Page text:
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Pete H
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PostSubject: Re: Preparing for a Long Distance Trip   Thu 09 Apr 2009, 14:24

jdeereanton wrote:
But, we do have the Honda Rider’s Club of America and their road side assistance. Last trip out we had a chance to try them out – well worth the cost. Roadside hazards and waiting for repairs add to the travel time and reduce daily mileage.

swing Honda Rider's Club of America doesn't do free towing anymore so you may want to look into getting Progressive Insurance which provides free towing through Cross Country.
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jdeereanton
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PostSubject: Re: Preparing for a Long Distance Trip   Thu 09 Apr 2009, 14:44

FACT - If you upgrade your Honda Riders Club membership (has to be done at a dealership) you do get free towing service.
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Pete H
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PostSubject: Re: Preparing for a Long Distance Trip   Thu 09 Apr 2009, 14:49

MarkLawson wrote:
Lastly, hide a copy of the bike's key somewhere on the bike where you can get to it without a key. You wouldn't want to hide it under the saddle since you can't get there without a key. Wherever you hide it, it needs to be somewhere where others won't find it & you can.

swing If you do accidently lock your keys in the trunk don't panic. Stick a beer bottle under the seat right in front of the spoiler and use the neck of the beer bottle to wedge the seat upwards away from the plastic. Then stick your arm into the opening and start removing things until you can easily get to your keys. Note: This will not work on the Yamaha T-Max.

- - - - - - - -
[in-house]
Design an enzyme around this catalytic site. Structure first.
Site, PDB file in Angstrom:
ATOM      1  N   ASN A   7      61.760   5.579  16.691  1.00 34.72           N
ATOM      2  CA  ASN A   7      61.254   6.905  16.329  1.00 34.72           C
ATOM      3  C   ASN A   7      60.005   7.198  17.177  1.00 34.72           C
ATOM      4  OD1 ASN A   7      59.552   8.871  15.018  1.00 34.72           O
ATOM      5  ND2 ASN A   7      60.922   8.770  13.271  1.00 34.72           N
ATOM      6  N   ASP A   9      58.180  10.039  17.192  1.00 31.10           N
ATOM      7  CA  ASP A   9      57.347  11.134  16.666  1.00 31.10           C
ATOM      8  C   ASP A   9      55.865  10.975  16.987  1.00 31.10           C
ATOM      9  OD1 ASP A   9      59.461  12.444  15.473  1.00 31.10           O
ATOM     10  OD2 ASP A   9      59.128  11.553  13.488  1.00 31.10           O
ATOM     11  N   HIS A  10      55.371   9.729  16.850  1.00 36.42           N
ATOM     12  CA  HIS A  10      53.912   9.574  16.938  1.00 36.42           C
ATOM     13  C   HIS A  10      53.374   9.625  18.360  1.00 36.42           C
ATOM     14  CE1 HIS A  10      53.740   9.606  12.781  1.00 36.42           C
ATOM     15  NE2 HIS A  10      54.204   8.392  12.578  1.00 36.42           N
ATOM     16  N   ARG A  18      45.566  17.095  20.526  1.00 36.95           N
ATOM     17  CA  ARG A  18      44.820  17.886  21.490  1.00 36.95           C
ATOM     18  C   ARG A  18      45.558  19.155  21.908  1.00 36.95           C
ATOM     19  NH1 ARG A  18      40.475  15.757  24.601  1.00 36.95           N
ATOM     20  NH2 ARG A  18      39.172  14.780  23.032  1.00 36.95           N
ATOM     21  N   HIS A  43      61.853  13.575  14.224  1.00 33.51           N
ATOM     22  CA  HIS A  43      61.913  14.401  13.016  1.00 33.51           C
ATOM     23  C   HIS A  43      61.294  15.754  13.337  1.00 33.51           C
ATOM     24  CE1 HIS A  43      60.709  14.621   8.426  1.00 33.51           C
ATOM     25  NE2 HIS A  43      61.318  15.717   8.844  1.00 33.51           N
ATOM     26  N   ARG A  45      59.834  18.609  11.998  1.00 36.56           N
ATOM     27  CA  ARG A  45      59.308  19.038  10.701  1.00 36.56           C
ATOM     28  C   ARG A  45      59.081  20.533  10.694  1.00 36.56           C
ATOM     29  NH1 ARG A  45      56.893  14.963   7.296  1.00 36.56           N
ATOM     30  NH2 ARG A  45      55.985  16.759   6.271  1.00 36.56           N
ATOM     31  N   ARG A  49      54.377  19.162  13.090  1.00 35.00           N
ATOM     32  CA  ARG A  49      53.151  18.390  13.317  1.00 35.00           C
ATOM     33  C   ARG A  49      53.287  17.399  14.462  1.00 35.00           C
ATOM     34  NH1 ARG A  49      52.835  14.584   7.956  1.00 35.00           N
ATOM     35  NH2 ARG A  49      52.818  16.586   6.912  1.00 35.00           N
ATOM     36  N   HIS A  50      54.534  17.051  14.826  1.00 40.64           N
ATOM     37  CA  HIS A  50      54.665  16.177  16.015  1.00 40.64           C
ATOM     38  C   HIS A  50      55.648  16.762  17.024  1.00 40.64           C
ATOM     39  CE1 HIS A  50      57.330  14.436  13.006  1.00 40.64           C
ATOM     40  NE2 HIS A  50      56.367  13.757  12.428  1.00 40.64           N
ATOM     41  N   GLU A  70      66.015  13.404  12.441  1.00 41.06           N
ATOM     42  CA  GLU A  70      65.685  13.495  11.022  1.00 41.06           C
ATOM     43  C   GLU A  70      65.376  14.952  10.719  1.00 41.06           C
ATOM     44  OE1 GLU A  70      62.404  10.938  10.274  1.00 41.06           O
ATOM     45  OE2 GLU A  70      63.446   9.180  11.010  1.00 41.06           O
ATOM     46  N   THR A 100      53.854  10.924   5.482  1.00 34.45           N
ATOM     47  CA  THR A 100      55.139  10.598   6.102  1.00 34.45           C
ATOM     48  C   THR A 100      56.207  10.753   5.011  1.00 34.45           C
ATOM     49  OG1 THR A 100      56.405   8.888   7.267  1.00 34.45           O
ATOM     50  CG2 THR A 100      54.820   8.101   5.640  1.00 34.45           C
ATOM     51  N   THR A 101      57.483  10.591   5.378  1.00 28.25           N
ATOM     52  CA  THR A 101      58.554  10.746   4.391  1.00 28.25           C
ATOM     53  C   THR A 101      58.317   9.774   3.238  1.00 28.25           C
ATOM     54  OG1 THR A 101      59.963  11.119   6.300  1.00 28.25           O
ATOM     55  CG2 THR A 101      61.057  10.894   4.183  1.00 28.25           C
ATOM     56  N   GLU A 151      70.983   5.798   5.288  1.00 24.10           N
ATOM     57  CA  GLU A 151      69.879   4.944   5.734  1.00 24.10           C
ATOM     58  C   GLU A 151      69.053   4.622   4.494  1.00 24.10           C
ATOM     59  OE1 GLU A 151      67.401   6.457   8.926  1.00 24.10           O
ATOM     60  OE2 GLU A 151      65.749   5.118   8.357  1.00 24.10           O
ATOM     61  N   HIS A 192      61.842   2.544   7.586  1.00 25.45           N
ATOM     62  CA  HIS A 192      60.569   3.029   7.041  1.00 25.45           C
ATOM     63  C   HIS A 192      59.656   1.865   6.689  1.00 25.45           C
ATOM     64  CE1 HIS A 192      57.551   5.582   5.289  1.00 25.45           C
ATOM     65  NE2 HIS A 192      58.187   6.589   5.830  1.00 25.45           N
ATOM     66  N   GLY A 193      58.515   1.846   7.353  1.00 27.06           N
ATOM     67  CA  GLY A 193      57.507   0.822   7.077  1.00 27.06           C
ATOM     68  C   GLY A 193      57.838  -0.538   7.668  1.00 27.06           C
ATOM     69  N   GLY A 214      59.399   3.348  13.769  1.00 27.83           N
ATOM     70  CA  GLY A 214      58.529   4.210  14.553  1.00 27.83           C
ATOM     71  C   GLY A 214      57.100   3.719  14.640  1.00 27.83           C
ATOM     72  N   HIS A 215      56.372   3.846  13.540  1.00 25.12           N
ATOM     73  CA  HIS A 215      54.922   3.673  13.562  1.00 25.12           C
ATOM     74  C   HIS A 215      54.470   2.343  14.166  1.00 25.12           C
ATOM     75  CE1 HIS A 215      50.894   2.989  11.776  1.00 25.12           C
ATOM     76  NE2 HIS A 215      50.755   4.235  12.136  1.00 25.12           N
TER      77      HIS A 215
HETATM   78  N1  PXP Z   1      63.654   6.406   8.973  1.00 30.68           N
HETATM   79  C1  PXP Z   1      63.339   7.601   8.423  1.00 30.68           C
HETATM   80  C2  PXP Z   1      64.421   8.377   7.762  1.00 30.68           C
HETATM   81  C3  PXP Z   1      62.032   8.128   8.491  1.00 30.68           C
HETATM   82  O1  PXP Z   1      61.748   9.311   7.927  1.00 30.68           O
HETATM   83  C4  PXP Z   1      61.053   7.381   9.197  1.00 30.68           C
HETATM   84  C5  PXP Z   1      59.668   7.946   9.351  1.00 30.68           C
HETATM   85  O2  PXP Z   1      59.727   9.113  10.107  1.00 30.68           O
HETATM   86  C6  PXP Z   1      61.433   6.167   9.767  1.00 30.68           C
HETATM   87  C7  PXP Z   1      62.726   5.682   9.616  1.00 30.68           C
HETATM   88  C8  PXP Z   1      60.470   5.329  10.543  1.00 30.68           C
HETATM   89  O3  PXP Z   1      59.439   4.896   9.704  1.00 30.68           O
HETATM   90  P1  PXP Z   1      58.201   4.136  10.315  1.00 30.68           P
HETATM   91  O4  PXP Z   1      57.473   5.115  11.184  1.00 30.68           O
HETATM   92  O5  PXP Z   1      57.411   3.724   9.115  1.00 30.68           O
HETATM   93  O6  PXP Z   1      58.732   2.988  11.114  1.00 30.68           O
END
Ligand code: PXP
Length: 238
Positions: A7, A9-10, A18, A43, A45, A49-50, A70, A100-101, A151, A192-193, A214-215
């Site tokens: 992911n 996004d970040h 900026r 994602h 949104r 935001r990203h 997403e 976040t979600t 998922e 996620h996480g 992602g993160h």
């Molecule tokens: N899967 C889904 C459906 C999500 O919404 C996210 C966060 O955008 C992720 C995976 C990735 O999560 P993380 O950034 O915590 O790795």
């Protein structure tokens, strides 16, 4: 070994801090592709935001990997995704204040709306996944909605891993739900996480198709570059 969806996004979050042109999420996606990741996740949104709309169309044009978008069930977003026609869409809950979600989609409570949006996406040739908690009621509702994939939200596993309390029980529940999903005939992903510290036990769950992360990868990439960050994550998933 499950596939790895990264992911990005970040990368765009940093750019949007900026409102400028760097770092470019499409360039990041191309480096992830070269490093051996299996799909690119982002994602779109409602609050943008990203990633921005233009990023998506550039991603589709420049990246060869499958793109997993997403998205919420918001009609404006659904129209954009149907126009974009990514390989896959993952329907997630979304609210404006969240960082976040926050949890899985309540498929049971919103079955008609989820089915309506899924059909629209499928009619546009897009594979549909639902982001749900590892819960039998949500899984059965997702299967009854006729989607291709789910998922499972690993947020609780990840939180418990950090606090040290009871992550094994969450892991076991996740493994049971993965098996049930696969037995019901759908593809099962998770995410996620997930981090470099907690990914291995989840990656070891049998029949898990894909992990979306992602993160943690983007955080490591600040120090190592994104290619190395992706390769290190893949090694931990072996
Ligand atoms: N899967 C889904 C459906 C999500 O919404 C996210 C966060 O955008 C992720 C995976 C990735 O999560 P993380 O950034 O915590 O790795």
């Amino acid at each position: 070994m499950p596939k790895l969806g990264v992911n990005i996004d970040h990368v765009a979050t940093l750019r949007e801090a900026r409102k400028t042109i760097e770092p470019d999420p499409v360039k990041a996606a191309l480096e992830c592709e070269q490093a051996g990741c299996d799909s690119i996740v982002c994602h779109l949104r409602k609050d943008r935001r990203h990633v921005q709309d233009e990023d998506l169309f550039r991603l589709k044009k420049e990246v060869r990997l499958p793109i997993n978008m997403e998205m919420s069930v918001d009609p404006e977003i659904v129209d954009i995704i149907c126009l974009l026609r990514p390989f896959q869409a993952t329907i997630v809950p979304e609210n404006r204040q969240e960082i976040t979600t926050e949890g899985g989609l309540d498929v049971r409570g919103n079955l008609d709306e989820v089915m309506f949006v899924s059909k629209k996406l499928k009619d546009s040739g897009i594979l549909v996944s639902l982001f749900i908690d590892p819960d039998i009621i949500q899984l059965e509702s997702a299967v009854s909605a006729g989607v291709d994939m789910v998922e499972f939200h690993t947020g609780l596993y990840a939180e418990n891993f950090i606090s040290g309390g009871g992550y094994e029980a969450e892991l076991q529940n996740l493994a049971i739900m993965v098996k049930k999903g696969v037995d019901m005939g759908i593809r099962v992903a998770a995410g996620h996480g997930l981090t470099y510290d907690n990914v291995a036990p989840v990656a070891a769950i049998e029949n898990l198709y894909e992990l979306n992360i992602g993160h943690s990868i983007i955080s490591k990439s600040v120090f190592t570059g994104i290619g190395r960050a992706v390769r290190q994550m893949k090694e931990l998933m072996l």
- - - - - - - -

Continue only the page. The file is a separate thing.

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The Scootist
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PostSubject: Re: Preparing for a Long Distance Trip   Fri 10 Apr 2009, 12:46

So does it matter if the beer bottle is full or empty?
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The Scootist
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PostSubject: Re: Preparing for a Long Distance Trip   Fri 10 Apr 2009, 12:49

Last evening I was talking with my cousin who lives in Richland WA, and we may have hatched a plan to meet at Sturgis this August. Is anyone else interested in making such a trip?
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joncallihan
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PostSubject: Re: Preparing for a Long Distance Trip   Fri 10 Apr 2009, 16:33

If you have any idea where a person could stay in (or near) Sturgis without camping, yes, I would like to accompany you from the Denver area. I'm too
old to consider camping.
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The Scootist
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PostSubject: Re: Preparing for a Long Distance Trip   Fri 10 Apr 2009, 16:41

Jon:
I am also too old for the on the ground camping stuff. I think it is getting rather late (meaning that most local accommodations are all ready booked), but I will see what might be available in the area.
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joncallihan
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PostSubject: Re: Preparing for a Long Distance Trip   Fri 10 Apr 2009, 18:08

I've been told by more than one lodging supplier (i.e., motel / B&B) that year to year bookings are the norm, kinda like Bronco's season tickets.

I wish you a lot of luck.